Complementing the focus on industry type, we are also taking more direct control of our marine liability underwriting which was previously delegated under market facilities. This ensures that the business being declared is within our risk appetite, the rating meets adequacy thresholds and the business is in line with our expectations in the years ahead.
Restructuring the risk portfolio and enhancing underwriting discipline in this way has enabled us to make huge strides in terms of information capture, detailed analytics and improved management reporting. As we continue to re-engineer the book, we are laying stronger foundations for a more sustainable operating model. Focusing on analytics, the tools that we now use to interrogate data have been a real game changer for LSM. We have developed new enhanced rating models that use more risk factors from both internal and external data sources. This has helped us to make better informed decisions on risks in the challenging market environment. This means we are able to provide our clients with a stronger and more tailored offering to meet their risk profile.
DISCIPLINE WILL REMAIN Discipline will continue to be required as the market looks to balance the challenges and growth opportunities ahead. Regulatory issues, compliance
A MORE FULL-BLOODED RECOVERY IN RESULTS WILL DEPEND ON BOTH IMPROVED RATES, DEDUCTIBLES, CONDITIONS, AS WELL AS REDUCED CLAIMS ACTIVITY.
Mike Burle Liberty Specialty Markets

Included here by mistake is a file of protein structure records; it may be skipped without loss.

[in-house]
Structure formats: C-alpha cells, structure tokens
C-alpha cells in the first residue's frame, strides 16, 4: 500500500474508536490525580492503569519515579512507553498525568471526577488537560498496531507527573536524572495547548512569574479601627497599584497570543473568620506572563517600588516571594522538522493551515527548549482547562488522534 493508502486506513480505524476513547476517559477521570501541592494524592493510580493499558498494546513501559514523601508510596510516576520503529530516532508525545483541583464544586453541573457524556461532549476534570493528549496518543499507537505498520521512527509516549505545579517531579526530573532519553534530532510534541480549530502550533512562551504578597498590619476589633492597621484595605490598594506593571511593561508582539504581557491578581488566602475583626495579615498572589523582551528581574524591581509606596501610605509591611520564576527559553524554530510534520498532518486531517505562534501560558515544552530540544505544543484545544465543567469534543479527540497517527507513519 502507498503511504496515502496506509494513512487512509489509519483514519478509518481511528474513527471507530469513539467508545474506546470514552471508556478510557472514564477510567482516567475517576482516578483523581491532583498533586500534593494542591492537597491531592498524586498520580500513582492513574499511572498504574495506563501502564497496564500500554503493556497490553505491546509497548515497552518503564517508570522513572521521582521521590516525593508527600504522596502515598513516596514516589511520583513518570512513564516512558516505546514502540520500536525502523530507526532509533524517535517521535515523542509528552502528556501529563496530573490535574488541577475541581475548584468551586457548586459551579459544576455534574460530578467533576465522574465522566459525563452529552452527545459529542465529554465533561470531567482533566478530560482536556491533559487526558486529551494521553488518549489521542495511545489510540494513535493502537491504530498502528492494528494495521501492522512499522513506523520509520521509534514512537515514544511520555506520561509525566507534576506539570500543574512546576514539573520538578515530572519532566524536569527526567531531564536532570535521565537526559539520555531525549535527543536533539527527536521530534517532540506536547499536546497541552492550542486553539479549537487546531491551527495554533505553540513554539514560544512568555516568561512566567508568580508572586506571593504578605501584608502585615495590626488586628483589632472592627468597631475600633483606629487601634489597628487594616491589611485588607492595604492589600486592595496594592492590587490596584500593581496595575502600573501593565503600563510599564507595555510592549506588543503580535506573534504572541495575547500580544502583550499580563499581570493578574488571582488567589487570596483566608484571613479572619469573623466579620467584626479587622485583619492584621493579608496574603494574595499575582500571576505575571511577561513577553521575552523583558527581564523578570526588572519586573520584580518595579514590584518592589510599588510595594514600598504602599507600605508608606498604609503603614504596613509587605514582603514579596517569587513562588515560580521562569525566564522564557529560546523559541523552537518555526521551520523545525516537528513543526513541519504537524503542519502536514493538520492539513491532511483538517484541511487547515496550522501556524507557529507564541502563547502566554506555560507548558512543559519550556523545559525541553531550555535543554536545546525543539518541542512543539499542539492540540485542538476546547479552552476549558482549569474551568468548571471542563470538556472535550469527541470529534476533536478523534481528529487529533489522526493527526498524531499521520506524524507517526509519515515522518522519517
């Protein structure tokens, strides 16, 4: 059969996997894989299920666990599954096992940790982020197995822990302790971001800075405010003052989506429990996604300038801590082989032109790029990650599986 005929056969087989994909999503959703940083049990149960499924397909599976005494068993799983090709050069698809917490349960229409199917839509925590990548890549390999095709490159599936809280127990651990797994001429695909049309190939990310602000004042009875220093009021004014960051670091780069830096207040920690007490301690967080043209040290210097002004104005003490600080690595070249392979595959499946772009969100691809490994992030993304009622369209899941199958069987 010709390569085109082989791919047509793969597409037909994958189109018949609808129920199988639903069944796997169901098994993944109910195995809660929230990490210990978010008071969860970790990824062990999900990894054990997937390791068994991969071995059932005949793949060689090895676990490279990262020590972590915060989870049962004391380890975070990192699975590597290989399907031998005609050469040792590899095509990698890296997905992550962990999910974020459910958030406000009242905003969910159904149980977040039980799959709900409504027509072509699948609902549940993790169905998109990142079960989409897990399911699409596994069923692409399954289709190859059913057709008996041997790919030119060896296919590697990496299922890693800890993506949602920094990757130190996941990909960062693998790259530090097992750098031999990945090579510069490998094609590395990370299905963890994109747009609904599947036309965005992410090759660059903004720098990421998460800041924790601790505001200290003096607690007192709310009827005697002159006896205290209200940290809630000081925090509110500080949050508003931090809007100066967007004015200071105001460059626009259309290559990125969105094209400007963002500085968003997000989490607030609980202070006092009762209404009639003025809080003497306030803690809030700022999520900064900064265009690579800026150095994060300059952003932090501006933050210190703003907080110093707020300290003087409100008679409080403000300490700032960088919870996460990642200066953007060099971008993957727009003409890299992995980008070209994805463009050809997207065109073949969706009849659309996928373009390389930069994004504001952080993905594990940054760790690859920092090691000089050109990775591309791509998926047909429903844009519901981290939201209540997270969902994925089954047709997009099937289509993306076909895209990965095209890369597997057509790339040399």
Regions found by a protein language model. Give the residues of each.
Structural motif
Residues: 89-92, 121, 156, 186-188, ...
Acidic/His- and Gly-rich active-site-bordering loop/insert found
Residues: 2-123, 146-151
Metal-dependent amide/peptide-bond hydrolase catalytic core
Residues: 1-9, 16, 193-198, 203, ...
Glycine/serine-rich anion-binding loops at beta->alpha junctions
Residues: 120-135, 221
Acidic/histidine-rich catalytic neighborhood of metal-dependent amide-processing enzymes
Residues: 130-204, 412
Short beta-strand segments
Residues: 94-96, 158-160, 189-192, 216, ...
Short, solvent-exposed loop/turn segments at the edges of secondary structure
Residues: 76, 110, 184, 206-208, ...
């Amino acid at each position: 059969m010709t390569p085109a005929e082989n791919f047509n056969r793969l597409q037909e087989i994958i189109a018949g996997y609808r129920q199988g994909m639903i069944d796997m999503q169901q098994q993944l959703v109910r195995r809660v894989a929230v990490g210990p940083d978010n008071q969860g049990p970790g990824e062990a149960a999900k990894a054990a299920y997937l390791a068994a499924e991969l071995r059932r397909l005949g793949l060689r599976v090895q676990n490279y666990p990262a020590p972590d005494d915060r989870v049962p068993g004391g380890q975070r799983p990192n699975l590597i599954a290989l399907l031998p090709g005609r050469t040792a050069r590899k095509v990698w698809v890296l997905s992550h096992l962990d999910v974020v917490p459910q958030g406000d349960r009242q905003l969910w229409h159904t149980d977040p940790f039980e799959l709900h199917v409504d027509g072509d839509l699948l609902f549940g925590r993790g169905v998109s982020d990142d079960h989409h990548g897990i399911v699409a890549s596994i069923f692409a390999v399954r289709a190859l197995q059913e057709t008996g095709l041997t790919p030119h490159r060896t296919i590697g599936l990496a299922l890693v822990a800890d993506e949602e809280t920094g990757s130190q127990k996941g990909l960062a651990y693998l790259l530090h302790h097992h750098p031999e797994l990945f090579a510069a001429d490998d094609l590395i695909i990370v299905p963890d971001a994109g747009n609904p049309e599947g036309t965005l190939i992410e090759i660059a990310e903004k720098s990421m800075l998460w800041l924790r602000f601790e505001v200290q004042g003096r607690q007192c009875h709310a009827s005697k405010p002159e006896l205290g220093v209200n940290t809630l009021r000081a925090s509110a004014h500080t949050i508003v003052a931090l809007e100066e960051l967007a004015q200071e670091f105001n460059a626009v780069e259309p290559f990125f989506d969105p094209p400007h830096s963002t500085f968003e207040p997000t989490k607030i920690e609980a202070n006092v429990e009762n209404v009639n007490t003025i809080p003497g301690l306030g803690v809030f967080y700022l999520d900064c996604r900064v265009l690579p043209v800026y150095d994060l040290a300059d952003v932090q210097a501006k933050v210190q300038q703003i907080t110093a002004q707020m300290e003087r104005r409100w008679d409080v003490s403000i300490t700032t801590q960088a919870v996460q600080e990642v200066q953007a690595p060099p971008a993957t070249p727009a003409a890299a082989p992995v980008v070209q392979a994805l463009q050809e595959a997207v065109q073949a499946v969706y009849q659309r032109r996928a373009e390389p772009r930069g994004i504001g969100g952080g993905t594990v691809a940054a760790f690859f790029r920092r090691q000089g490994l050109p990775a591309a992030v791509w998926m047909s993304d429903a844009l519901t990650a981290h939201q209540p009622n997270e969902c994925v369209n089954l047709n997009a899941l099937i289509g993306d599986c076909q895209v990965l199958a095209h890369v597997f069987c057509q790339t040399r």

with strict new emissions rules on vessels as well as geopolitical threats - for example heightened risk in the Persian Gulf potentially compromising important marine trade routes following the recent US-Iran conflict - are significant hurdles to overcome now and in the future.
Politically motivated cyber-attacks are another key concern for the market with 2017’s NotPetya malware attack highlighting the issue after the impact on Maersk – the world’s largest container shipping company. Inevitably, this led to delays and business interruption losses for several clients.
GREAT EXPECTATIONS A hardening market changes the dynamic and brings tougher negotiations. There may be price increases and changes to policy conditions in some areas. But the benefit of a more disciplined underwriting approach will reap rewards with improved performance, risk management and a good choice of stable long-term risk transfer opportunities. The test for the London Market will be if it can stand up to the challenge from competitors from Asian, Bermudian, European or US platforms.
The international shipping industry is responsible for the carriage of around 90% of world trade, making it the life blood of the global economy. Without it, intercontinental trade, the bulk transport of raw materials and the import/export of affordable food and manufactured goods would simply not be possible. Despite the recent dip in oil prices, an increase in trade growth and improving freight conditions bodes well. Disciplined underwriting will lead to success for insurers. In this complex and changing seascape, the partnership between the risk manager, broker and underwriter has never been more vital. It’s certainly a fascinating time to be a marine underwriter.